Former university professor faces Islamophobia

Olivia Mann/THE REVIEW
Amnesty International holds an event to express dismay in light of Senator Lawson’s comments.

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On April 5, Naveed Baqir, executive director of the Delaware Council on Global and Muslim Affairs, and former faculty member of the Alfred Lerner College of Business and Economics, and Tarek Ewis, imam of the Masjid Isa Ibn-e-Maryam mosque in Newark, were invited to give the Delaware state Senate invocation. This marked the first time members of the Muslim community were invited to lead opening prayer for the Delaware state Senate.

“It was a historic moment — a moment of pride,” Baqir said as he led Salahtul Jummah on Friday in the Ewing Room at Perkins Student Center. “We chose Delaware as our home, and on that day we also felt that Delaware had finally recognized us — finally chosen us — as its residents. Our presence was an indication of our patriotism. But as historic as it was, some senators, from the Delaware state Senate, stole that patriotism and that sense of pride from us.”

Two lawmakers, Sen. Dave Lawson (R-Marydel) and Sen. Colin Bonini (R-Dover South), walked out of the legislative session during the opening prayer, in which Baqir and Ewis read from the Quran, the holy book for Muslims.

Upon returning to the floor of the chamber, Lawson used the word “despicable” to describe the opening prayer and the reading from the Quran. According to the Associated Press, Lawson asserted “You can’t be a good American and a good Muslim.”

At first, the Lawson’s comments went practically unnoticed; the Senate proceeded as normal, debating and passing several bills, according to Associated Press.

Before the chamber adjourned later in the evening, Lawson received a rebuke from Sen. David McBride (D-New Castle), who was chosen unanimously as President Pro Tempore of the Senate on Jan. 10.

“There is complicity in remaining silent,” McBride said. “To criticize the sacred prayer of another religion from the floor of the Senate strikes me as antithetical to everything we ought to stand for as lawmakers.”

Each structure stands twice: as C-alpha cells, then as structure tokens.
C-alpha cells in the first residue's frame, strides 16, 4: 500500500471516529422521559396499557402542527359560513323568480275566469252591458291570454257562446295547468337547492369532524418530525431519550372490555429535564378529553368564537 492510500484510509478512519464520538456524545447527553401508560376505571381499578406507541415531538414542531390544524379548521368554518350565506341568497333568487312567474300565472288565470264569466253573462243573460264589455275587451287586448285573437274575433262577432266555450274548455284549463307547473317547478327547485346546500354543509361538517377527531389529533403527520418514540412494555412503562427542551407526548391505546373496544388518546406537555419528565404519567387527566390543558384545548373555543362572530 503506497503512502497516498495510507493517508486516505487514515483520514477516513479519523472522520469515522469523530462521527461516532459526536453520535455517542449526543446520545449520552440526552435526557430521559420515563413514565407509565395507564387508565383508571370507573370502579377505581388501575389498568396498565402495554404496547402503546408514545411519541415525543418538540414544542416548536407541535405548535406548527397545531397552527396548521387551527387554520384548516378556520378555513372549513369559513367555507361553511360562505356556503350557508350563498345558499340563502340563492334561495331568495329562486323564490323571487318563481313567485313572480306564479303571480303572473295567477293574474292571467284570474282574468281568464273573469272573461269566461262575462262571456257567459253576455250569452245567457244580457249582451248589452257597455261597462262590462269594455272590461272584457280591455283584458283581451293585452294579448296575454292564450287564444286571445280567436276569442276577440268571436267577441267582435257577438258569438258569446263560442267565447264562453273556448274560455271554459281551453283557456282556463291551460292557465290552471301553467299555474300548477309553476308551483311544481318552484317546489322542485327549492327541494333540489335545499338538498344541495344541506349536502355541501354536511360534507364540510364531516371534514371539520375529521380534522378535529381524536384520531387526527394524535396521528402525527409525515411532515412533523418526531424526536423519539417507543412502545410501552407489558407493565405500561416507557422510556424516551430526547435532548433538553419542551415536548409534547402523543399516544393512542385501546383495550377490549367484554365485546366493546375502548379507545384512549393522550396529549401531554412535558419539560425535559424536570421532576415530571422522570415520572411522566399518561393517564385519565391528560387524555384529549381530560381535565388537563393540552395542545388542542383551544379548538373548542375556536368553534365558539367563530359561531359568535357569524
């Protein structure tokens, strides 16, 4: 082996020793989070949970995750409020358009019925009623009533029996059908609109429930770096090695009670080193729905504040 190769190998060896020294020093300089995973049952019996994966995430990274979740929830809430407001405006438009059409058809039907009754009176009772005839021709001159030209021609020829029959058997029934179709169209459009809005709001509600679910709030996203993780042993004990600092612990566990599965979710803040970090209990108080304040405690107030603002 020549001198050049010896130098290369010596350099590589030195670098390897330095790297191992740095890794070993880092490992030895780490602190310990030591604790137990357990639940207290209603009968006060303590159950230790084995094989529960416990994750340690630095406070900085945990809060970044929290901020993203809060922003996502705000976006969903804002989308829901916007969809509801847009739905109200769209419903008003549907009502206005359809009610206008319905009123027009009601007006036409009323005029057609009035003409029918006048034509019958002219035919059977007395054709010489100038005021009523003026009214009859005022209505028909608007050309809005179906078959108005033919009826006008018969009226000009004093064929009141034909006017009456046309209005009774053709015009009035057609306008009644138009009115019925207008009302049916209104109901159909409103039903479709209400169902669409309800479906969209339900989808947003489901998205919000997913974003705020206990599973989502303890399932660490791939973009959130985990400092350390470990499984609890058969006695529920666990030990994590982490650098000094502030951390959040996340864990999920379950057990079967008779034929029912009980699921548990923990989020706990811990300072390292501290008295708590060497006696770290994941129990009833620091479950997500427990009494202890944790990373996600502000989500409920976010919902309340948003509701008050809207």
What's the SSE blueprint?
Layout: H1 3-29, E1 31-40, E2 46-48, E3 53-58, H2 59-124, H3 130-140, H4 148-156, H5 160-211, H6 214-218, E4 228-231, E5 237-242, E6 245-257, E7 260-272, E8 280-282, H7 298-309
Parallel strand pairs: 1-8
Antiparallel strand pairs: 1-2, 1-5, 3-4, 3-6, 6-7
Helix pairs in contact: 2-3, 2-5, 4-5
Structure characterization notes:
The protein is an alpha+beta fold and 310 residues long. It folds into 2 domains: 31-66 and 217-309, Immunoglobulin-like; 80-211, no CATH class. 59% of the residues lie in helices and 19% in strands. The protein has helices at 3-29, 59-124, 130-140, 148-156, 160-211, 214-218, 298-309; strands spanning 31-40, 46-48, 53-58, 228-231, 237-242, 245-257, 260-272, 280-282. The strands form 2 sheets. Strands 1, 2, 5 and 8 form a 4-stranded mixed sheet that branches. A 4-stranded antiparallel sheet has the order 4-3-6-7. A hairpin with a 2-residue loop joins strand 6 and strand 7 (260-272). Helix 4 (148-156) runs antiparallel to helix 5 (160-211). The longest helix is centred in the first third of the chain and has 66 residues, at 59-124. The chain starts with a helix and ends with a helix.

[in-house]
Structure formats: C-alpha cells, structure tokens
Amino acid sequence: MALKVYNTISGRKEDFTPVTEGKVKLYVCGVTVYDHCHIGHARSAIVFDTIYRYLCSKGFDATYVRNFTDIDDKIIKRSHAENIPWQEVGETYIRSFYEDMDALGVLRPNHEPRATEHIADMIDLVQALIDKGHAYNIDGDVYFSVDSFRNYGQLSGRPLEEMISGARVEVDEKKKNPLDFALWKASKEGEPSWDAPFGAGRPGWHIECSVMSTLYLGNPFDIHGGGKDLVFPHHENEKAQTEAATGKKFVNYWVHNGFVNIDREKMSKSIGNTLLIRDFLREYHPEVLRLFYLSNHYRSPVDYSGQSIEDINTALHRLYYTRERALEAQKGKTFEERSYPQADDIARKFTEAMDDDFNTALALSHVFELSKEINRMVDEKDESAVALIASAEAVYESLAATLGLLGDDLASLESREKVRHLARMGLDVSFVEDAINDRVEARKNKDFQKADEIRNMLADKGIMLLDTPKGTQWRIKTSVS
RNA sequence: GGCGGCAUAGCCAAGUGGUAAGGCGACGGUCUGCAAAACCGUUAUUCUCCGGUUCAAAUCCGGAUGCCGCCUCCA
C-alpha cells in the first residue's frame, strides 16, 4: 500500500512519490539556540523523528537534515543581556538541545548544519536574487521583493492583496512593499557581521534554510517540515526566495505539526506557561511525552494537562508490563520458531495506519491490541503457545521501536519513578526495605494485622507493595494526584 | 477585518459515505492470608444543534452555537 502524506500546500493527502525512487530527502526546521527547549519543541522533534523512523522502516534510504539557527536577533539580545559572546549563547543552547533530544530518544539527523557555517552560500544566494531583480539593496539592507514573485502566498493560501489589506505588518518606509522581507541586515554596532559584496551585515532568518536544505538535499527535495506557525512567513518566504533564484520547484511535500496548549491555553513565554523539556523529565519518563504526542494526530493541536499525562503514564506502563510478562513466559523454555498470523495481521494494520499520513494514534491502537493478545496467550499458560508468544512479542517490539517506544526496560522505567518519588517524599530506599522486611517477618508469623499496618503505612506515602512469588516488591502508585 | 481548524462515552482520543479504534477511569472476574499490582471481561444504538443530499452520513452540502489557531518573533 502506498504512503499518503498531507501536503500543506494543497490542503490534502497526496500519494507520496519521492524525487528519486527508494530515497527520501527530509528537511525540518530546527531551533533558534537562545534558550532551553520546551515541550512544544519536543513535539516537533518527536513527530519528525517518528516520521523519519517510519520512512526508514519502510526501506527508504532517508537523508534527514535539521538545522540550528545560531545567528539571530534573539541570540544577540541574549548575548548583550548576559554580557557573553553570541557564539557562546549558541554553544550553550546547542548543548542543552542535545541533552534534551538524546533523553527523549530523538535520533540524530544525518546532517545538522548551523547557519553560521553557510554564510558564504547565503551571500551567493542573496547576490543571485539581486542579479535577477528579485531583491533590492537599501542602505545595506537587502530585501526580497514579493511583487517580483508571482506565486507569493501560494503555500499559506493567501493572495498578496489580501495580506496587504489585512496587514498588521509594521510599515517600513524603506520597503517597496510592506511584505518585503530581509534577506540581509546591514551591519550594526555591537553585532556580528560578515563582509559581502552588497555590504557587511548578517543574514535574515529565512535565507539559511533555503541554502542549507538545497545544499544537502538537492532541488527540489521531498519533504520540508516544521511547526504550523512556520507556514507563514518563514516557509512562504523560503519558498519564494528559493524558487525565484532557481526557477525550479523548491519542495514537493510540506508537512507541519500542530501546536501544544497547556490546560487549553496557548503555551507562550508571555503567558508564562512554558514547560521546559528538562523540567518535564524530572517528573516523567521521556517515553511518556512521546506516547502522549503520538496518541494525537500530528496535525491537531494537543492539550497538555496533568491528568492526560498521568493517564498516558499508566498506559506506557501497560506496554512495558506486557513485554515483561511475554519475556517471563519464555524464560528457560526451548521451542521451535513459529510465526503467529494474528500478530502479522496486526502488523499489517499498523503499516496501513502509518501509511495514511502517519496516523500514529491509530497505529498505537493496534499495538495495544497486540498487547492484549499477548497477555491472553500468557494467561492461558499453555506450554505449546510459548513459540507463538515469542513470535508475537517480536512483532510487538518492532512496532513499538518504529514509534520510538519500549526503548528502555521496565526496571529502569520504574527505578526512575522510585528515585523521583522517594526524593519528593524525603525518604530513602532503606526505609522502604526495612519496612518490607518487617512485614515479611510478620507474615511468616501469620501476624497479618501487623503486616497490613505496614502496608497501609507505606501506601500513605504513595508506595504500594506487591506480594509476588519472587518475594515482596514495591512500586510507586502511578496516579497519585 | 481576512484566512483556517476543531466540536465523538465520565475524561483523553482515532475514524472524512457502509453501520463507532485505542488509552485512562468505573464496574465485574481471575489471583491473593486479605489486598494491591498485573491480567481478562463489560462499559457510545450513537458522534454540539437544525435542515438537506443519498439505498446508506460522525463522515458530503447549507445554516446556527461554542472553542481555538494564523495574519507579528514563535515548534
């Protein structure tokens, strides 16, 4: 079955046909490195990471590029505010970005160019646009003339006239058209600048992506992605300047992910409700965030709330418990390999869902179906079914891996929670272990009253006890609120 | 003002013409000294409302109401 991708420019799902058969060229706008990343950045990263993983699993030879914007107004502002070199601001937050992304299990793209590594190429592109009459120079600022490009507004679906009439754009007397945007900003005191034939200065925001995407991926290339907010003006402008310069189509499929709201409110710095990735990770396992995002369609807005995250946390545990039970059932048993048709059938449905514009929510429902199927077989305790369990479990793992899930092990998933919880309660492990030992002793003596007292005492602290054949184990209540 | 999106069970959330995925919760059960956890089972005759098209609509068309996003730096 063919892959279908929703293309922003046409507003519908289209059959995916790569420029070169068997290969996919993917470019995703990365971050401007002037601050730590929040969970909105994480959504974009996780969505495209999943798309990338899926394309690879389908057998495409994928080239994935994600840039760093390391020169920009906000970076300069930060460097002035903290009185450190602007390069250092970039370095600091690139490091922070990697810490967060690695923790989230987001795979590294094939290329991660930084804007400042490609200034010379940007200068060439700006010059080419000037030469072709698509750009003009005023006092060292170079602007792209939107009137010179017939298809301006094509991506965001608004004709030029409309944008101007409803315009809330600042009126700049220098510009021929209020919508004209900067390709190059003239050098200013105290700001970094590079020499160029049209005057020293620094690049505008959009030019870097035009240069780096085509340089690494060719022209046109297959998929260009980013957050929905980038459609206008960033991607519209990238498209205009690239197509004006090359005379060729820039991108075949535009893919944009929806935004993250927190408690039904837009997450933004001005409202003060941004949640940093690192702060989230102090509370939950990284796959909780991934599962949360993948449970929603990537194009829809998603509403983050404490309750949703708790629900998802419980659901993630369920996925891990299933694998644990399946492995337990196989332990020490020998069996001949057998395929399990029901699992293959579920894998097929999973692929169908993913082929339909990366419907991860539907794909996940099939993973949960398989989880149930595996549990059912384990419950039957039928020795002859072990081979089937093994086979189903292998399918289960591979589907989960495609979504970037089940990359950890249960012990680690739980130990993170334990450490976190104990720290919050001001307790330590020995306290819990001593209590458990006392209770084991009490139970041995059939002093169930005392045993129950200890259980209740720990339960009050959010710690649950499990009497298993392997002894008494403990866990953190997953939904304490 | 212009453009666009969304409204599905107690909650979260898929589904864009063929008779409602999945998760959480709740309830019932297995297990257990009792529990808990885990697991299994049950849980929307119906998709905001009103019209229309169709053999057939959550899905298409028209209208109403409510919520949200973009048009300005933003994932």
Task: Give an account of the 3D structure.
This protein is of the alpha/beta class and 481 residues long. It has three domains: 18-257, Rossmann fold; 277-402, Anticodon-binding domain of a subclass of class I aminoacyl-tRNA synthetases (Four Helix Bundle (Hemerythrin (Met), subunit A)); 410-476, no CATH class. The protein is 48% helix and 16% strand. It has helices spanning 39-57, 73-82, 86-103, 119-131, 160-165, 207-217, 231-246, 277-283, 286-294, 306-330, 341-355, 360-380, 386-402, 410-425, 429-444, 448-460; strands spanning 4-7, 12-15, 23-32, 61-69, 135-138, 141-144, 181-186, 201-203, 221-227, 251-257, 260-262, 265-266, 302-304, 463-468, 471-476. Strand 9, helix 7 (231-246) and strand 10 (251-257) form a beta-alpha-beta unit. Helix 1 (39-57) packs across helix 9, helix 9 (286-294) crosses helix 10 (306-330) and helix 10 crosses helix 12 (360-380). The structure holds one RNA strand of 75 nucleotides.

McBride reflected on the First Amendment of the United States Constitution. The amendment explicitly guarantees the freedom of religion.

“The moment it was announced, that there was a reading from the Quran, without even trying to listen, they walked out,” Baqir said in an interview. “Lawson and Bonini have sat through the prayer of every other religion, and it did not matter if it was in a foreign language. The Sikh community has made prayer, and they [Lawson and Bonini] did not walk out. The Hindu community has made prayer, and they [Lawson and Bonini] had no problem with that.”

During the recent presidential election, Baqir became more engaged in Muslim activism. The Delaware Council on Global and Muslim Affairs “highlights social injustices and the infringement of the rights of people as a united Muslim voice,” according to Baqir in an interview.

Baqir emphasized the importance of a united Muslim voice, as news sources seldom include Muslims in panels discussing Muslims countries or Muslim issues; instead, the panel is comprised of “people who do not understand the Muslim community…effectively fueling misconceptions about the Muslim community.”